ISA's response to the Joint Standing Committee on Foreign Affairs, Defence and Trade’s Inquiry into Australia’s tourism and international education sectors.
This submission provides an overview of the impact of COVID-19 and the subsequent closure of Australia’s borders on international education in non-government schools and the potential contribution of the sector to Australia’s economic recovery.
ISA consulted with the state and territory Associations of Independent Schools (AISs) and the National Catholic Education Commission in preparing this submission on behalf of the non-government school sector.
- COVID-19 has had a huge impact on all aspects of schooling, including the non-government school sector’s international education activity, and the toll on student health and wellbeing has been significant. The pandemic has had an impact on students, staff, and the provision of international programs.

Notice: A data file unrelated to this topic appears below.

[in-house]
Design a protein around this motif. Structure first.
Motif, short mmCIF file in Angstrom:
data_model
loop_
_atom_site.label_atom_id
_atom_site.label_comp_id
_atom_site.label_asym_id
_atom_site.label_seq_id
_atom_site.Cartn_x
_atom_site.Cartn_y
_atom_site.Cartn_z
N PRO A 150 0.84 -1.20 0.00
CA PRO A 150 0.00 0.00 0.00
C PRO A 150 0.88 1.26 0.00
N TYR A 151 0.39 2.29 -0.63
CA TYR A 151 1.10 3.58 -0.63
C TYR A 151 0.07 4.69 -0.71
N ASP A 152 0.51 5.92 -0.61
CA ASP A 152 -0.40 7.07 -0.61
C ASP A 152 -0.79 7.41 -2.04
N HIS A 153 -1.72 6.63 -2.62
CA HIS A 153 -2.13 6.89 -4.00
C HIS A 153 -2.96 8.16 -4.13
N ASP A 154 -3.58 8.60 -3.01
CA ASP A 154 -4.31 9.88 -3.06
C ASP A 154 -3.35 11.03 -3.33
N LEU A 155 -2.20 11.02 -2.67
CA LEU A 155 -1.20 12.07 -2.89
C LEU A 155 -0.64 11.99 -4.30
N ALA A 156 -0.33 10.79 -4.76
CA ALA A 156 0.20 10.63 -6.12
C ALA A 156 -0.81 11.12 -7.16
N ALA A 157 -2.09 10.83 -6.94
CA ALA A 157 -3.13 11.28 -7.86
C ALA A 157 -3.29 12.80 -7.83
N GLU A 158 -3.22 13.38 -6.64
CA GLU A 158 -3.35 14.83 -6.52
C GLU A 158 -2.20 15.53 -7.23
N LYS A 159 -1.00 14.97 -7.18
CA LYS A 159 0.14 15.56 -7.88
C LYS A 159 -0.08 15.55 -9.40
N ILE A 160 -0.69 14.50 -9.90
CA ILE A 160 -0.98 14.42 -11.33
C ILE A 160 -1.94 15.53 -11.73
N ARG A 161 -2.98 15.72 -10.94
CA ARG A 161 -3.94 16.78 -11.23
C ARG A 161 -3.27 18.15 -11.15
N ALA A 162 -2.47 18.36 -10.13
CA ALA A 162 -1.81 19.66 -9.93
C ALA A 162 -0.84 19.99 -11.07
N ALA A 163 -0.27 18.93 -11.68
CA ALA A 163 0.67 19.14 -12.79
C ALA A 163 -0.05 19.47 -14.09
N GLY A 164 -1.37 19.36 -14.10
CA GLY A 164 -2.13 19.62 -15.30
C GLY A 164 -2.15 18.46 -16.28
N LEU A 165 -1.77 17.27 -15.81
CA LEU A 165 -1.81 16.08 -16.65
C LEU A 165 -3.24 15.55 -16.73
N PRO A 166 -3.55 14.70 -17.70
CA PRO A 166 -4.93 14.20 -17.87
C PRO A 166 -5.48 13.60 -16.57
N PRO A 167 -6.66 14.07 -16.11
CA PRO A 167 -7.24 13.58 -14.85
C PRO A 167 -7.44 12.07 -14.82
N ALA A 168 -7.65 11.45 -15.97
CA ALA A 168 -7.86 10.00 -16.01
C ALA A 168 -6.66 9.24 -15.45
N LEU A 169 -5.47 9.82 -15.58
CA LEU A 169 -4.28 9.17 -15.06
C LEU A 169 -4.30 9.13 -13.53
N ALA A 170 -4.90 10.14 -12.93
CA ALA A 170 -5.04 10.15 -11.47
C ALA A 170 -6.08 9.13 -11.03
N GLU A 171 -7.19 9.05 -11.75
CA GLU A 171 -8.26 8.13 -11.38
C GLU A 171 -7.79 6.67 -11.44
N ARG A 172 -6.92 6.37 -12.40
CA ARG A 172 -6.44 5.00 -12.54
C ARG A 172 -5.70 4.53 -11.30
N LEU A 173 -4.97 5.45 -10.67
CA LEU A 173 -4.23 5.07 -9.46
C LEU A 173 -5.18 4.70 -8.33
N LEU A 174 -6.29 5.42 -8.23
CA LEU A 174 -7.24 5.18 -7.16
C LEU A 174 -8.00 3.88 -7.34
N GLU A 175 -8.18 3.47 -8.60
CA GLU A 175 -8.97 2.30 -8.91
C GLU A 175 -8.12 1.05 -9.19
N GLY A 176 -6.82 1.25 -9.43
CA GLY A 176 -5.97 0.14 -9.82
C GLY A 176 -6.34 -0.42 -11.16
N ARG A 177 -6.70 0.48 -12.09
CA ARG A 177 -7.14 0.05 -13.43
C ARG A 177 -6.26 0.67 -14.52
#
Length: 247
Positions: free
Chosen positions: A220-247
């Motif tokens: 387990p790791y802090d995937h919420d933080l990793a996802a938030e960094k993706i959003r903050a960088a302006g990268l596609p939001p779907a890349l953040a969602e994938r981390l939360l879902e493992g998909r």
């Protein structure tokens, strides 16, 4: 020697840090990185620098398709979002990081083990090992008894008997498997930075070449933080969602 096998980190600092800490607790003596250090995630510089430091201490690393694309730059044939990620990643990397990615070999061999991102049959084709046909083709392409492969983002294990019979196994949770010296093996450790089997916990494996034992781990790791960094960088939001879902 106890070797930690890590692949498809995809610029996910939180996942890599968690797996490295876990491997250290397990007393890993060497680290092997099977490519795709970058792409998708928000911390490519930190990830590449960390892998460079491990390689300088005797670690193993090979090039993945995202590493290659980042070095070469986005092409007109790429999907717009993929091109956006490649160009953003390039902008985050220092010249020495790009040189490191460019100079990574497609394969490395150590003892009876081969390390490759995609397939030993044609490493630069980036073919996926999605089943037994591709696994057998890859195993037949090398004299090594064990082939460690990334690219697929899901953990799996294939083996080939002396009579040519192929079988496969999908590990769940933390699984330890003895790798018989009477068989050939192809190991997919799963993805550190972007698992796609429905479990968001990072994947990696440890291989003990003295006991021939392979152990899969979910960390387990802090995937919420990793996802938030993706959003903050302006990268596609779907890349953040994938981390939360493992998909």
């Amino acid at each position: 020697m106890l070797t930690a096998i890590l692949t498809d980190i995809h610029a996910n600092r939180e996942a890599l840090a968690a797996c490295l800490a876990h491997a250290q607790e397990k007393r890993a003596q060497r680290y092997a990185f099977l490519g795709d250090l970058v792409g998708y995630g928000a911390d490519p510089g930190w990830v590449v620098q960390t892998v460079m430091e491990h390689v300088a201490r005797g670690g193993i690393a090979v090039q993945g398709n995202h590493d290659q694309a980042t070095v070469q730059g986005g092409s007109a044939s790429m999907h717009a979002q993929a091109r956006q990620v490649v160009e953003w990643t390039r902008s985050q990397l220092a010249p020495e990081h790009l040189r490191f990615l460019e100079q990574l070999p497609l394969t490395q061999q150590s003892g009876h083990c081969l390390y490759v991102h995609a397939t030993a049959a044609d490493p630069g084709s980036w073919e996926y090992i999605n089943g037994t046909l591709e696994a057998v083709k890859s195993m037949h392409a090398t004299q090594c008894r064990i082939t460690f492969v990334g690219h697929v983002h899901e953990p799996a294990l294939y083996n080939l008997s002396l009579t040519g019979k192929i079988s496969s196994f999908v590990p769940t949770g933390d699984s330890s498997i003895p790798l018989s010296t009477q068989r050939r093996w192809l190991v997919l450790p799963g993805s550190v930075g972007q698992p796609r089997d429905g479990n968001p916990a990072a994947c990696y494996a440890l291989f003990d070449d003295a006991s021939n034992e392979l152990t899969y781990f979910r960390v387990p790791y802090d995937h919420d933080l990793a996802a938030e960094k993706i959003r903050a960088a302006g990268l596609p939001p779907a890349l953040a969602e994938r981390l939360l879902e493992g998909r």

- Online innovations are guided by the school sector’s preference for face-to-face learning. Schools embed language acquisition and Australian cultural experience in the school curriculum and the physical attendance of students.
- It is vital that regulatory frameworks continue to be flexible to enable ongoing innovation in the delivery of education across a range of modes of study.
- Improving the speed and ease of the visa system has been noted by the sector as key in making Australia more globally competitive.
- There is an opportunity for improved pathways including collaboration with higher education providers, and employability skills development.
- Australia’s brand should be the focus of ongoing marketing to promote Australia as a destination of choice for international students.